• The Pelicans don’t plan to re-sign Justin James, whose 10-day contract expired overnight, sources tell Andrew Lopez of ESPN (Twitter link). With the team getting healthier, there wasn’t an immediate need to retain James, Lopez explains.
  • Marquese Chriss, currently on his second 10-day contract with the Mavericks, would love to remain in Dallas beyond the expiration of his current deal on January 9, writes Dwain Price of However, even if he isn’t retained, the big man is happy to be back in action after losing nearly an entire season due to a broken leg. “Being able to be back on the court, I’m just thankful for that,” Chriss said. “And I’m just trying to make the most out of the opportunity that I can. Hopefully it’s here (in Dallas).”

Rockets Notes: Silas, Mathews, Wood, Porter, Sengun

The Rockets lost big on Monday night in Philadelphia with Christian Wood and Kevin Porter Jr. both serving a one-game suspension, but coach Stephen Silas said the game with the Sixers wasn’t a consideration in deciding how to discipline two of his starters, writes Jonathan Feigen of The Houston Chronicle. Both players were suspended for their actions on Saturday, with Wood being late for a COVID-19 test and refusing to enter the game in the second half and Porter leaving the arena at halftime after a confrontation with assistant coach John Lucas.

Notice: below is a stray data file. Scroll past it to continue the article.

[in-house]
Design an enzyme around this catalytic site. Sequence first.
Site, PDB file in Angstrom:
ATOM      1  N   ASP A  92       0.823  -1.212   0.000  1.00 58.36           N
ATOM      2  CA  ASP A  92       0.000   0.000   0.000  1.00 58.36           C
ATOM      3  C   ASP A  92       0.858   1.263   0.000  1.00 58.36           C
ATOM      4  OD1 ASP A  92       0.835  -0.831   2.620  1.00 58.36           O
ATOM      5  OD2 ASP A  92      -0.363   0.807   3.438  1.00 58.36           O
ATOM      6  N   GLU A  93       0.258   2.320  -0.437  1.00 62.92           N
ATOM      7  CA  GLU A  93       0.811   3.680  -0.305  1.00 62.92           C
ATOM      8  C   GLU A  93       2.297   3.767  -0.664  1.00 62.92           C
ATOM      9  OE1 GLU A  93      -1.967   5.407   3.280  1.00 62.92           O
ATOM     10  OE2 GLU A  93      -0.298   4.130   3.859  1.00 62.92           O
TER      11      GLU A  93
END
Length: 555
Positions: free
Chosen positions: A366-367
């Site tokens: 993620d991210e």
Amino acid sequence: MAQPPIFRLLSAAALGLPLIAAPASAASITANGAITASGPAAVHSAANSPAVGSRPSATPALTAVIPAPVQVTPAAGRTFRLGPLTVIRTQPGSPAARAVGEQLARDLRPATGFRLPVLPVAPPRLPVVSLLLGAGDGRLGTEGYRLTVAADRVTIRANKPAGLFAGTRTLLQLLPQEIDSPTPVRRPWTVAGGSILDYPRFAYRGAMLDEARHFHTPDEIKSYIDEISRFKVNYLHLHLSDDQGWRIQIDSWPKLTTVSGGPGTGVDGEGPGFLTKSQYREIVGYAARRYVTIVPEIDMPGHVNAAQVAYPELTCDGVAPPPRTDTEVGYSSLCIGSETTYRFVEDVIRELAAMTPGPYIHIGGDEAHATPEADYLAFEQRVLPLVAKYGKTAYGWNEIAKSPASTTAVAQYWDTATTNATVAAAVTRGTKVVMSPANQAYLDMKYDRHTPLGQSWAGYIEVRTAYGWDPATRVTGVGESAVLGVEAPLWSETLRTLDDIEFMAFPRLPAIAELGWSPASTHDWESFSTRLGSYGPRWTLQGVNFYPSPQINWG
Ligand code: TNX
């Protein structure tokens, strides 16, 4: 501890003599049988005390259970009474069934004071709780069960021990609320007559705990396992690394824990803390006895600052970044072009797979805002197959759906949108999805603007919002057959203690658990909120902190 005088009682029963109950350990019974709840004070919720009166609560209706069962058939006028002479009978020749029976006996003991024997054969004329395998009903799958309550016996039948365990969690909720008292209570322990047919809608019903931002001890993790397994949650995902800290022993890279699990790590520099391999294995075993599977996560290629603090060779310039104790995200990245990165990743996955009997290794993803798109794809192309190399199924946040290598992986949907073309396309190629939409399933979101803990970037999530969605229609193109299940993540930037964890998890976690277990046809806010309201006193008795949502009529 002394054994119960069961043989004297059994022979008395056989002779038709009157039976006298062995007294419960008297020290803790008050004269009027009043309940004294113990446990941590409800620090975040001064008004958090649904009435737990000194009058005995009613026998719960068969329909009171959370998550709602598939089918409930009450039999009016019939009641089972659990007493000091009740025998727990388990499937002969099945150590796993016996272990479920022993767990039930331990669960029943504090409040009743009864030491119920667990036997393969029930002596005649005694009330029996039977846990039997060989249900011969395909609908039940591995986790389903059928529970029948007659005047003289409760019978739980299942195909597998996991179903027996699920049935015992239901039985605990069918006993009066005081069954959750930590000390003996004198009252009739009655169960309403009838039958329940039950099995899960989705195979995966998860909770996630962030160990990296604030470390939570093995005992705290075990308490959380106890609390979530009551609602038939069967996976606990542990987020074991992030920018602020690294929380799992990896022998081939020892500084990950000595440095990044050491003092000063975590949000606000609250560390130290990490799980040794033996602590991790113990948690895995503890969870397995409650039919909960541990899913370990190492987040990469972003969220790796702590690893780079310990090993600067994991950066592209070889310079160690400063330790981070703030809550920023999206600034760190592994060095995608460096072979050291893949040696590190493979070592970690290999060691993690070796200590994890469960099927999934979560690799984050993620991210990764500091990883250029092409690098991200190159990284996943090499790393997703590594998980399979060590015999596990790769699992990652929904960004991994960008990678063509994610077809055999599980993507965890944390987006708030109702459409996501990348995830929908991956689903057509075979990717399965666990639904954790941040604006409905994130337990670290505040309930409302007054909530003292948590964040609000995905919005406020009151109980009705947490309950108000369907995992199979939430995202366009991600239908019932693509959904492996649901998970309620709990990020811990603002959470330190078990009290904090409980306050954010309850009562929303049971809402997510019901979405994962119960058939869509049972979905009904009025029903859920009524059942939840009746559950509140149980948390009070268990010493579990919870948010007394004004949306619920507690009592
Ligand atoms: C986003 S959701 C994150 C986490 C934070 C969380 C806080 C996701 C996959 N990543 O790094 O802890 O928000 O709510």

Silas, the son of former NBA player and coach Paul Silas, said he turned to his father’s advice of “follow your gut” in deciding how to handle the situation. Especially with a young team, he believes it’s more important to set boundaries about proper behavior than to worry about the results of one game.

“There isn’t a balance (between winning and disciplining) to me,” Silas said. “There’s doing what’s right and doing what’s best for this organization. That’s how you build culture. You do it through a lot of different things. Accountability is huge, making sure everybody knows what is acceptable and is not acceptable and learning from that. That’s the big part, learning from those moments and learning from those experiences so we can improve and we can be better.”

There’s more on the Rockets: